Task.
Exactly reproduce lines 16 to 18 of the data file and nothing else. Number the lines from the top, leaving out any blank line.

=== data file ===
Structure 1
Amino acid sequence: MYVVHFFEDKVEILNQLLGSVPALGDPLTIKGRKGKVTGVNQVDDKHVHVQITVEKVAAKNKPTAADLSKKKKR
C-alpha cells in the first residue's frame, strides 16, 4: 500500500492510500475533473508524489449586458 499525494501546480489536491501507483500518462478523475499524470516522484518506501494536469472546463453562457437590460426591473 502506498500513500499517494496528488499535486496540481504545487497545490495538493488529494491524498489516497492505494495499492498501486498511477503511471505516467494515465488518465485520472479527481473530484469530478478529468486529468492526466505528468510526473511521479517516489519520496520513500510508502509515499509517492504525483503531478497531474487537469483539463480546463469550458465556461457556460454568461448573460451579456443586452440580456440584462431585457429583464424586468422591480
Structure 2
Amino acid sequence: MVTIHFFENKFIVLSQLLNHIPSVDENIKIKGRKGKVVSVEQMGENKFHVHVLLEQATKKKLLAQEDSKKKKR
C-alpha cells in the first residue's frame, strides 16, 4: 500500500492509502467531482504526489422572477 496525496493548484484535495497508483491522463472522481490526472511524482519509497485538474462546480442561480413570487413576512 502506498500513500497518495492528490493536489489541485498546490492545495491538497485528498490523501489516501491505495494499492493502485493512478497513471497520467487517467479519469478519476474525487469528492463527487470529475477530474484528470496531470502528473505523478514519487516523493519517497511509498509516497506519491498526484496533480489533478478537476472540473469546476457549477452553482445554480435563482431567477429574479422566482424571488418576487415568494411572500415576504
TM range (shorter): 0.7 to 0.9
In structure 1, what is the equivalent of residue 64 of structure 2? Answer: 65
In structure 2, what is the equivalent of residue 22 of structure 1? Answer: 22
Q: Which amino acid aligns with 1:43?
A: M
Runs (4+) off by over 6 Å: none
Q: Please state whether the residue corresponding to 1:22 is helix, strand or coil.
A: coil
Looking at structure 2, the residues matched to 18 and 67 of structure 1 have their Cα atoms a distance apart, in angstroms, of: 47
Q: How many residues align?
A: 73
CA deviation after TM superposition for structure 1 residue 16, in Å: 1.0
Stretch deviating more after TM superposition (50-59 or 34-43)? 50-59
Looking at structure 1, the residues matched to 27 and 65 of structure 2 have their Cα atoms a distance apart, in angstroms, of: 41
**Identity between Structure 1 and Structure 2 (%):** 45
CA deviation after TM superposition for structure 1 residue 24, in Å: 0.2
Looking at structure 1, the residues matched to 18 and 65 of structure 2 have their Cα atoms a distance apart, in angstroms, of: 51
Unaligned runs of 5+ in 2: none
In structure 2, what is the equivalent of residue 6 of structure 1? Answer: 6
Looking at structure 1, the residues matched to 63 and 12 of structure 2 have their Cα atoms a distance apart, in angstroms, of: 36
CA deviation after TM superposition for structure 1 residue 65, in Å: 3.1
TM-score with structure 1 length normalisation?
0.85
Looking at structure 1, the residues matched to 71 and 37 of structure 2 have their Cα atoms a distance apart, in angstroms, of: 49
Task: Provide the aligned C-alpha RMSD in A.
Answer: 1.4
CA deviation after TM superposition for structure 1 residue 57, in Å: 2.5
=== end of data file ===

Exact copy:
Q: How many residues align?
A: 73
CA deviation after TM superposition for structure 1 residue 16, in Å: 1.0